LAW 562

Epistemology and Law

Law & Philosophy

This seminar brings contemporary work in epistemology, including formal epistemology, to bear on the dual questions of how the law is known (how we work out what the law is) and how the law knows (how the law takes itself to know something or takes something to be true).

In tackling the first question we focus on common law systems in which decisions of courts are themselves sources of law. In such systems we need to know what contribution decisions make to the law to know what the law is. Some say that decisions give rise to rules or to reasons; others that the law is whichever theory best fits and justifies existing legal materials, including judicial decisions. We consider these theories before asking whether we can understand precedent (in the sense of the contribution previous decisions make to the law) by appealing to the notion of inference to best explanation or abduction. We conclude by considering the notion of legal proof and its relationship to knowledge.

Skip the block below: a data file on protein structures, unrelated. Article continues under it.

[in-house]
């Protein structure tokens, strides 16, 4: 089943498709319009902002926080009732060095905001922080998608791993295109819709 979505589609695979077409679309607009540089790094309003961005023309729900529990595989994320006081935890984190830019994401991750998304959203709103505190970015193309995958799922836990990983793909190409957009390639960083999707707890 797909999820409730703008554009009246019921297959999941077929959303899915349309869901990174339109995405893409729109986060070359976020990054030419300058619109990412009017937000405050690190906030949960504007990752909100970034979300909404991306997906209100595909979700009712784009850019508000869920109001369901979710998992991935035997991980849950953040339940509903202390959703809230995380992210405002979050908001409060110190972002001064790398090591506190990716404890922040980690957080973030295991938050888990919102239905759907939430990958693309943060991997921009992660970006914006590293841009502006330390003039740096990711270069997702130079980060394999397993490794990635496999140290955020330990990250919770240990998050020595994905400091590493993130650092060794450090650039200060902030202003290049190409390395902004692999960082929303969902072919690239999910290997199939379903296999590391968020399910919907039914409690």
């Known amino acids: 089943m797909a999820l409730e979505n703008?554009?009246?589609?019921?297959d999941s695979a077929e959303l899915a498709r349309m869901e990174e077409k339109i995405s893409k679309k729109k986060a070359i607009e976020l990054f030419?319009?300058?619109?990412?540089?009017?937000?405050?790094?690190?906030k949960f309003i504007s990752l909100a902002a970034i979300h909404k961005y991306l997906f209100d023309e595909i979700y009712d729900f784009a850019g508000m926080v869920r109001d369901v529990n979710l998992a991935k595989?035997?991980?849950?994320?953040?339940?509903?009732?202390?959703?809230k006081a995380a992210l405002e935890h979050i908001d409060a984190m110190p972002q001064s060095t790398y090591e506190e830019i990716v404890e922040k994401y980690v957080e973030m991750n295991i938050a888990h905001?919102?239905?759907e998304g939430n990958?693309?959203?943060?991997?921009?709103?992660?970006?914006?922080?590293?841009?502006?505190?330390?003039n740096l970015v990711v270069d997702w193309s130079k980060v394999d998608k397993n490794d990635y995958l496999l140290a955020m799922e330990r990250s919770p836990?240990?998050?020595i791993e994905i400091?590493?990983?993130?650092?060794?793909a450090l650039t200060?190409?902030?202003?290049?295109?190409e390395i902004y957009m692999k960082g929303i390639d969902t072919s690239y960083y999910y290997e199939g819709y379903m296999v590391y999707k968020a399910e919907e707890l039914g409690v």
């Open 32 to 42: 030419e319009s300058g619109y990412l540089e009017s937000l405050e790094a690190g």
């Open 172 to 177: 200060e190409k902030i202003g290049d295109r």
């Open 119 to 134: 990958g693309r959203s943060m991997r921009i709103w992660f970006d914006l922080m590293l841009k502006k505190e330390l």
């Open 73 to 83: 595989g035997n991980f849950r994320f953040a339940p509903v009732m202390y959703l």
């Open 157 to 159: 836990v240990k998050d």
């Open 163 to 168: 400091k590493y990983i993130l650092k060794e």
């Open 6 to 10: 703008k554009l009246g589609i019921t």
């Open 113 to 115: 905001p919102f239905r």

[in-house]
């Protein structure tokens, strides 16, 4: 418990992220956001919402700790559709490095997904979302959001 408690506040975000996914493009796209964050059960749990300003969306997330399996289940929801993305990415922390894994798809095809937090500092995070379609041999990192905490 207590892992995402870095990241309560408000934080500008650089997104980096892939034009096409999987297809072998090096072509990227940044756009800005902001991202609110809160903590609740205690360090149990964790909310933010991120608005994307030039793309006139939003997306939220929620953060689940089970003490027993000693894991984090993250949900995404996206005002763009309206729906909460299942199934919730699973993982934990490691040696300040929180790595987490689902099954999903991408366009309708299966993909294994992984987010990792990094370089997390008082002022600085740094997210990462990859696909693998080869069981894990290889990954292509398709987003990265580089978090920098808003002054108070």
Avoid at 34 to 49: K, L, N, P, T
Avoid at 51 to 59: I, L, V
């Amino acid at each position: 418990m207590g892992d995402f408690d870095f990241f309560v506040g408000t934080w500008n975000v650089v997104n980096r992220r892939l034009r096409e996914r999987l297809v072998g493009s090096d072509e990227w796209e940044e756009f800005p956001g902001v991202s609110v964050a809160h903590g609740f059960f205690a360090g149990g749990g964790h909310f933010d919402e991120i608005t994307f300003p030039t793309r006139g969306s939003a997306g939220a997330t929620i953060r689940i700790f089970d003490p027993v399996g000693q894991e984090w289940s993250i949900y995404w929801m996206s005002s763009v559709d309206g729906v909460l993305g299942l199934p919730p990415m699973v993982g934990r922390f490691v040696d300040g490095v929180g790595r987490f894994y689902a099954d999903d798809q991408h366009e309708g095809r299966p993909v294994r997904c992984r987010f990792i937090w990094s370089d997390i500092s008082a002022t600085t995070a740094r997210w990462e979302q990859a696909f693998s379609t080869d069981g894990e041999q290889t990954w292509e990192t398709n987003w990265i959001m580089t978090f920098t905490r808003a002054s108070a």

Students will be asked to read challenging philosophical writing, attend and participate regularly, write some short reaction papers, and write a seminar paper.

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